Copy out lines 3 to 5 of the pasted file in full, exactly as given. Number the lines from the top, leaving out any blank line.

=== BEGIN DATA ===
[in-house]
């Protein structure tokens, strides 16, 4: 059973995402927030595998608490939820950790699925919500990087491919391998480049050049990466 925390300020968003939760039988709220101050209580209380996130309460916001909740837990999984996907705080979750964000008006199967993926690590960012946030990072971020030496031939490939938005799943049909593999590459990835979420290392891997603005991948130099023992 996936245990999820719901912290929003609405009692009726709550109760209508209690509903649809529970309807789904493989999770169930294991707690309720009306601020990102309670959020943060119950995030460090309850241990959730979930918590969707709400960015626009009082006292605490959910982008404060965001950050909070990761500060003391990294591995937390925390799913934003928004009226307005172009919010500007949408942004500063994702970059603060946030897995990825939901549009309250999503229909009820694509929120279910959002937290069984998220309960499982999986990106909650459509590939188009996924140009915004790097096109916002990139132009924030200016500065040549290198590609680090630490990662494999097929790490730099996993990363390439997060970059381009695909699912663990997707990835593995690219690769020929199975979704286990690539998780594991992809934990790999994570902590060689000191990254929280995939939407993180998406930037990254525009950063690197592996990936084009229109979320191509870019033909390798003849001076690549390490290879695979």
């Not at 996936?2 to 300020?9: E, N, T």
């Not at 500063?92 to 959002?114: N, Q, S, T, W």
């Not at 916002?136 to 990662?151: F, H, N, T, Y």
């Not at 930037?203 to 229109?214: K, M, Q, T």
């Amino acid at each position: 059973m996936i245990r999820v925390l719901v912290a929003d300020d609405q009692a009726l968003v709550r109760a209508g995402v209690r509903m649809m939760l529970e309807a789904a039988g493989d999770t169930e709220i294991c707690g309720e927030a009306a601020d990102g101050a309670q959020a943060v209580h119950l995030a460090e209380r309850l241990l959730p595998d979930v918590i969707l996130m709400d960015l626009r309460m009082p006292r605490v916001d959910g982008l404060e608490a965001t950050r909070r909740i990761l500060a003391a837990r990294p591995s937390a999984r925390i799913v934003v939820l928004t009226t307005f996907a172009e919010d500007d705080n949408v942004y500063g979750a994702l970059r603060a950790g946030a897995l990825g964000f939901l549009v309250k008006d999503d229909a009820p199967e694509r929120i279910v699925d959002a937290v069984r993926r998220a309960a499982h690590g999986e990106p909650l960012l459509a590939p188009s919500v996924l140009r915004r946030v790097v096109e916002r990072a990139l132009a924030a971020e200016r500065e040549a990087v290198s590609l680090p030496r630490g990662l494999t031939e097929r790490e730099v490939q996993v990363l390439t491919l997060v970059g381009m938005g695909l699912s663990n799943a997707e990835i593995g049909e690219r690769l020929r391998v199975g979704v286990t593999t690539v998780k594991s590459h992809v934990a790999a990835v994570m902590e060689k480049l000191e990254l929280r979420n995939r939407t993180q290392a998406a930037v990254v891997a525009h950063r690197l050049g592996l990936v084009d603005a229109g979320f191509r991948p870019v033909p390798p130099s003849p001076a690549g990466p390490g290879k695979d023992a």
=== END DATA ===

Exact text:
């Not at 996936?2 to 300020?9: E, N, T």
């Not at 500063?92 to 959002?114: N, Q, S, T, W």
């Not at 916002?136 to 990662?151: F, H, N, T, Y």